Friday, February 5, 2010

Rebel Without A Context

The scenario is common enough. You want to implement some task in a background worker thread, like fetching data from an HTTP server or whatnot, and then at a future point the UI needs to be updated, based on whatever has or is happening in the worker thread.

So here's your naive Thread/Runnable implementation :

And there you have it. That's the most succinct implementation of the anti-pattern many people use. And certainly I must concede my own guilt of having used it.

The problem is that your background thread, in order to update the UI, is now tightly coupled to the Activity/Context that created it. So when/if an event occurs (such as an orientation change) that causes your Activity to be restarted, your background thread will continue to happily chug along and then try to update the UI even though it's still referencing the old Activity/Context. Your app is then likely to experience leaked window exceptions and other types of nastiness.

I've seen this problem attacked in different ways, generally trying to enable the background thread to update the UI on the new Context. The droidfu library has an AsyncTask implementation called BetterAsyncTask that does exactly that.

But this isn't a perfect solution in my opinion. Imagine that an important event occurs in the background thread, one that is serious enough that the user absolutely should be informed if they continue to use the app. What if it happens in the middle of an orientation change, after the old Activity has been destroyed, yet before the new Activity is fully initialized? A quick glance at BetterAsyncTask's source suggests that the message would never get delivered:

Now before I get into what I don't like about this, I just want to say that I applaud the creators of droidfu for releasing an open source library, and I've never used it myself, but that's my five second synopsis of it's implementation. It probably works fine for a lot of people, but I demand something more robust.

The way I see it, this just doesn't escape the anti-pattern. The core point that I'm trying to make here is this:

It's your Activity's responsibility to update the UI, not the responsibility of the worker thread.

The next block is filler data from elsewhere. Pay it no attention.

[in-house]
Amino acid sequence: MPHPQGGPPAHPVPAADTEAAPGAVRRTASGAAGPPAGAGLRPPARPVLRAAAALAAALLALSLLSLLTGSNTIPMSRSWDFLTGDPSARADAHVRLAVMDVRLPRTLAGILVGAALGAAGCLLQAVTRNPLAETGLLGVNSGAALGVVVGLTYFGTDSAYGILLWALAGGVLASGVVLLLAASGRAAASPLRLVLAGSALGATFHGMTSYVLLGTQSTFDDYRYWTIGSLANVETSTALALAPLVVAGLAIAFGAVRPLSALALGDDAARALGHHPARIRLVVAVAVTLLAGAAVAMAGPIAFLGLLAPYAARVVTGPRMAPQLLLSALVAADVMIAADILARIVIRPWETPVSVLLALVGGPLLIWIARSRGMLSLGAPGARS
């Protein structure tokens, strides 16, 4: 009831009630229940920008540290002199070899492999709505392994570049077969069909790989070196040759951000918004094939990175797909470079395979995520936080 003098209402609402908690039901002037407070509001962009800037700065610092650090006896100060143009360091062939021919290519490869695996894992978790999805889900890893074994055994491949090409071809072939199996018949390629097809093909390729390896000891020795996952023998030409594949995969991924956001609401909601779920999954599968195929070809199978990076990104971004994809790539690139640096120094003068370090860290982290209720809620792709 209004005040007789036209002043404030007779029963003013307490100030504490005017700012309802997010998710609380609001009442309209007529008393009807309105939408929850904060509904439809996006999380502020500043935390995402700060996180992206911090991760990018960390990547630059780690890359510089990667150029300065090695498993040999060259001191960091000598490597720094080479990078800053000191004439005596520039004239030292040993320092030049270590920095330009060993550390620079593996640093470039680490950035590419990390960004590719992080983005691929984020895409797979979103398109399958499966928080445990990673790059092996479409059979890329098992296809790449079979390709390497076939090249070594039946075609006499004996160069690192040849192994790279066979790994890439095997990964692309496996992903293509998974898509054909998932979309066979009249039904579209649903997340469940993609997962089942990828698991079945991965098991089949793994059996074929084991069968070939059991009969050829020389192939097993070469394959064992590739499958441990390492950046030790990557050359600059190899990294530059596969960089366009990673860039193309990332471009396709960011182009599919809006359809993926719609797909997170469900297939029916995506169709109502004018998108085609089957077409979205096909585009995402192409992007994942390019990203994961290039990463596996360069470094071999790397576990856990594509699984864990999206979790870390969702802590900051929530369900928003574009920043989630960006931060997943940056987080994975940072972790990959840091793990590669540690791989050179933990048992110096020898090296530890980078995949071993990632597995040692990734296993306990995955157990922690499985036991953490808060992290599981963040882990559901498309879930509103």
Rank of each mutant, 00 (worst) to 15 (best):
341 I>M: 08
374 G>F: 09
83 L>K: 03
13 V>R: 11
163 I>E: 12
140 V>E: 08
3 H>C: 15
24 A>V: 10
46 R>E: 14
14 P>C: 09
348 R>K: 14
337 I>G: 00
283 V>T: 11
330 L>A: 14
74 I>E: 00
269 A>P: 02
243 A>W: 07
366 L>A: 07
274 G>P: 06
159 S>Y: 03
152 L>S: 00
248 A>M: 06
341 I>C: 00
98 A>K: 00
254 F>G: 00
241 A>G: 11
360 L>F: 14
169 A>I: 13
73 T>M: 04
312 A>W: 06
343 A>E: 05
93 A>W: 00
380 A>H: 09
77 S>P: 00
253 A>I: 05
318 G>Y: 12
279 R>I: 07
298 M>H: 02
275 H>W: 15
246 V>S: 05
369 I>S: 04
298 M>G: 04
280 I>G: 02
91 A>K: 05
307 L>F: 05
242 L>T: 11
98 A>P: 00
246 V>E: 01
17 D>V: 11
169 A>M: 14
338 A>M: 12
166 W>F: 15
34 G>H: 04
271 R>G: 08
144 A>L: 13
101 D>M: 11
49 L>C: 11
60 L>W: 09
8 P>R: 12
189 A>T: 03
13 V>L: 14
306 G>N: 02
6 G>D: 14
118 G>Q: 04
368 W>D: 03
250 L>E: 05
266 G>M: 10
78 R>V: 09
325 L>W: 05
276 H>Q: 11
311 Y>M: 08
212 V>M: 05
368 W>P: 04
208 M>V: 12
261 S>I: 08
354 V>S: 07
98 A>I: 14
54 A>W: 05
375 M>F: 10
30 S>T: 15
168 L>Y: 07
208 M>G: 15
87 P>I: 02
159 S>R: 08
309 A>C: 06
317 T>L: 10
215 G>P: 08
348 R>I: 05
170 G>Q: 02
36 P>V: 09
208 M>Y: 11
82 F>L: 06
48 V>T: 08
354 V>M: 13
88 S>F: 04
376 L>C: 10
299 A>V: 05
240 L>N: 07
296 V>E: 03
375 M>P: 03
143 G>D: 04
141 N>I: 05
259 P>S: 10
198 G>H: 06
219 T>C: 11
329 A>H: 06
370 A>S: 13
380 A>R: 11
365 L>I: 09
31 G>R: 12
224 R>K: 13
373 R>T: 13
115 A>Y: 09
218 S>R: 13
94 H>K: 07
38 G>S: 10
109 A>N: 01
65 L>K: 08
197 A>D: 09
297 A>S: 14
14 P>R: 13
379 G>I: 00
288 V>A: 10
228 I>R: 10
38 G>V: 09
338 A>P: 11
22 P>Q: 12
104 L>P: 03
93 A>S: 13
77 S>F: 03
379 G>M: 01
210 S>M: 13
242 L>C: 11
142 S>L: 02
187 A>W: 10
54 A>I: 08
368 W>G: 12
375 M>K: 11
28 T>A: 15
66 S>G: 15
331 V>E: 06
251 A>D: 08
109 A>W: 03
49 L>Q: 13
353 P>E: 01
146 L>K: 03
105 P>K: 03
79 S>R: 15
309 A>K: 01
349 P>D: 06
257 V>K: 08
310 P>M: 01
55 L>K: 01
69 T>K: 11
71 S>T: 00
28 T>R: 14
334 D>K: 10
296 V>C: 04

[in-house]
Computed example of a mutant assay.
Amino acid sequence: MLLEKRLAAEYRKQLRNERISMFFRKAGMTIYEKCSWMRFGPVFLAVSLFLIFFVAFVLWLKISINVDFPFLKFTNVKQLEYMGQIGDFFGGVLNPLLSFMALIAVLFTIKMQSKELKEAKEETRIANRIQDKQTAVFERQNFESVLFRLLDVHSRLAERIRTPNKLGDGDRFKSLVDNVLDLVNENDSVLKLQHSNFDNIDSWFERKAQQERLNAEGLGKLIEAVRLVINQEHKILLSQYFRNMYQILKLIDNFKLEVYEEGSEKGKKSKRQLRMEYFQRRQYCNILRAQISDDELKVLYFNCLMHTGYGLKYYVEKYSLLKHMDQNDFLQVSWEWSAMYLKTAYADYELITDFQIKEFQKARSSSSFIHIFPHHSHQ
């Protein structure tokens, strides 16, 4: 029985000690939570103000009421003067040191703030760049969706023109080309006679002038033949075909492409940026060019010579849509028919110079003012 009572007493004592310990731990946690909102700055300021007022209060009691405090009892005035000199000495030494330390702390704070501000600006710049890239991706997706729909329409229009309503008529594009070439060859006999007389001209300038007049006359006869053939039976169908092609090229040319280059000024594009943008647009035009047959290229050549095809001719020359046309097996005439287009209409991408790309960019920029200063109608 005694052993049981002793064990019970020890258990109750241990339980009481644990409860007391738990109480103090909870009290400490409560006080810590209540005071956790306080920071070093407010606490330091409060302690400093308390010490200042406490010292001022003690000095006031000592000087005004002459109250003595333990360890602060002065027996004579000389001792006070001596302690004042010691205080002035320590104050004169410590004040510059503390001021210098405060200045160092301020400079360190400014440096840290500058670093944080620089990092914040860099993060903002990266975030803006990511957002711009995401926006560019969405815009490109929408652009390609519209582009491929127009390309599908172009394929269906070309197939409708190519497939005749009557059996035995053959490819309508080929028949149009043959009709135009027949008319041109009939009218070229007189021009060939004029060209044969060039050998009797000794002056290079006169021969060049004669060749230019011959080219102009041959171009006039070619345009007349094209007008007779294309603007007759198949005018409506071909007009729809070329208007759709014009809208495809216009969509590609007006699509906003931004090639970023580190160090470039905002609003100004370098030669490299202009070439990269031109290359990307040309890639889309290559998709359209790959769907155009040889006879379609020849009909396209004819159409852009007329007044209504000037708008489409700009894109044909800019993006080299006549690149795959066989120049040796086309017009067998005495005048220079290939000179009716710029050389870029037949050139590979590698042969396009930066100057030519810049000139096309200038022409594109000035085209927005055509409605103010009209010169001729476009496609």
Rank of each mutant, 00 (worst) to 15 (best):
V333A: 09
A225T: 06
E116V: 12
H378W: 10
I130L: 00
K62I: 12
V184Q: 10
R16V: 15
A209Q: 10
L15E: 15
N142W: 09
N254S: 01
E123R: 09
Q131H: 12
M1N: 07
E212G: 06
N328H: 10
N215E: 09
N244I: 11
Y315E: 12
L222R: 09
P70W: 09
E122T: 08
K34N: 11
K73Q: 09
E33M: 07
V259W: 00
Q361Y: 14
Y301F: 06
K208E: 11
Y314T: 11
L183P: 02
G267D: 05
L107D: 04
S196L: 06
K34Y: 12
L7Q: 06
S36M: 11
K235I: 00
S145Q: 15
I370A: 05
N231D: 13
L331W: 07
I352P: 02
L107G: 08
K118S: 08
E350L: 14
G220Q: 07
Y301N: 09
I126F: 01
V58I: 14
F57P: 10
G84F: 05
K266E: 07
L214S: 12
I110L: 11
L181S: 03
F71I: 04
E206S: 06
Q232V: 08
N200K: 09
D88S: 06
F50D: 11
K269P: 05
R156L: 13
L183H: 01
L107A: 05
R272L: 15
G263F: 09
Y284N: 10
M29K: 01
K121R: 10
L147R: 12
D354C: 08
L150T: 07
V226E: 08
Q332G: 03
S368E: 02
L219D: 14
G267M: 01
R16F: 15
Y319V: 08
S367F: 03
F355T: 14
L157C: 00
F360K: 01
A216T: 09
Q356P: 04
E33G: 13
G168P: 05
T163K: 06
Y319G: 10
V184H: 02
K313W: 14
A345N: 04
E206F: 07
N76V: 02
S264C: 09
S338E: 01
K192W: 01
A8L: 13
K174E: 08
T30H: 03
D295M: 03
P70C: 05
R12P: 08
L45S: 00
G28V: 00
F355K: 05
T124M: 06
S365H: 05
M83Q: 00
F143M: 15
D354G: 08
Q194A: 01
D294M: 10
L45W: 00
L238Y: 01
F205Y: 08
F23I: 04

Let me say that again, your background thread should not try to update the UI. What it can and should do is track it's own internal state, and allow itself to be queried by the active Activity instance. The simplest way to accomplish this is to use onRetainNonInstanceConfiguration to pass your Thread/AsyncTask implementation to the newly created Activity. The Activity can then query the state of your thread and deal with any impending UI events that it needs to process.

A simple, but effective way to accomplish this is with a polling Handler loop running in the UI thread. Something like this will work fine as long as you remember to shutdown the loop as your activity exits.

If this isn't realtime enough for you, then another approach would be to have your Activity register listeners with your thread, much like binding to a service and registering a remote callback. In fact, that's exactly how you should think about your background thread, as a lightweight service, that is decoupled from any direct UI interaction.

And just a quick warning as I wrap up, If you go the listener route, you still must be aware that events can occur when your Activity is being restarted, and before the new activity can register another listener instance.

I hope this article helps a few of you out there, or at the very least, shows you a different approach to a common problem.

Monday, February 1, 2010

Android Sweater

We didn't want to be left out of the Android arts and crafts mania, you know, the
various android pillows and dolls, so grandma hand knitted this sweater for Maxim.